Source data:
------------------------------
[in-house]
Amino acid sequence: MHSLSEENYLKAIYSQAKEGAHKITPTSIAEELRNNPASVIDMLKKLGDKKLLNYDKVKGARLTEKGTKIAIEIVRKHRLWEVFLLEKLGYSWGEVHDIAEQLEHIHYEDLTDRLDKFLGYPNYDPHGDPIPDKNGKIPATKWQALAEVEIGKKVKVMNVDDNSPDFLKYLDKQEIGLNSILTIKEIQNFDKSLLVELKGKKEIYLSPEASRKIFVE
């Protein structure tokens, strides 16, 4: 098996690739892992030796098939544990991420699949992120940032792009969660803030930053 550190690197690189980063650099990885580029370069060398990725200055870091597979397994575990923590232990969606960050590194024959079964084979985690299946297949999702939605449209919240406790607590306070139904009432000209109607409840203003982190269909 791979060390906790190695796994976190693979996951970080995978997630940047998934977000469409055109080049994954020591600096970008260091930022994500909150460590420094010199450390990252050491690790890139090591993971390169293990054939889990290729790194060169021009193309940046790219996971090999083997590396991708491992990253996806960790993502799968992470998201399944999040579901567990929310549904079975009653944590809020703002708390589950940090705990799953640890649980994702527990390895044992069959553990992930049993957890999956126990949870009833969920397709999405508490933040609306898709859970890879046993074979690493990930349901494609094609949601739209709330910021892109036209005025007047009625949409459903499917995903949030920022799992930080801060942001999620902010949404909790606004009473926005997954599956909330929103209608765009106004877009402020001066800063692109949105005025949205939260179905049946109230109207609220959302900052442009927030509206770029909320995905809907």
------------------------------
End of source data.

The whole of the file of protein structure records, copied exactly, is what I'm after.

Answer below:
[in-house]
Amino acid sequence: MHSLSEENYLKAIYSQAKEGAHKITPTSIAEELRNNPASVIDMLKKLGDKKLLNYDKVKGARLTEKGTKIAIEIVRKHRLWEVFLLEKLGYSWGEVHDIAEQLEHIHYEDLTDRLDKFLGYPNYDPHGDPIPDKNGKIPATKWQALAEVEIGKKVKVMNVDDNSPDFLKYLDKQEIGLNSILTIKEIQNFDKSLLVELKGKKEIYLSPEASRKIFVE
């Protein structure tokens, strides 16, 4: 098996690739892992030796098939544990991420699949992120940032792009969660803030930053 550190690197690189980063650099990885580029370069060398990725200055870091597979397994575990923590232990969606960050590194024959079964084979985690299946297949999702939605449209919240406790607590306070139904009432000209109607409840203003982190269909 791979060390906790190695796994976190693979996951970080995978997630940047998934977000469409055109080049994954020591600096970008260091930022994500909150460590420094010199450390990252050491690790890139090591993971390169293990054939889990290729790194060169021009193309940046790219996971090999083997590396991708491992990253996806960790993502799968992470998201399944999040579901567990929310549904079975009653944590809020703002708390589950940090705990799953640890649980994702527990390895044992069959553990992930049993957890999956126990949870009833969920397709999405508490933040609306898709859970890879046993074979690493990930349901494609094609949601739209709330910021892109036209005025007047009625949409459903499917995903949030920022799992930080801060942001999620902010949404909790606004009473926005997954599956909330929103209608765009106004877009402020001066800063692109949105005025949205939260179905049946109230109207609220959302900052442009927030509206770029909320995905809907």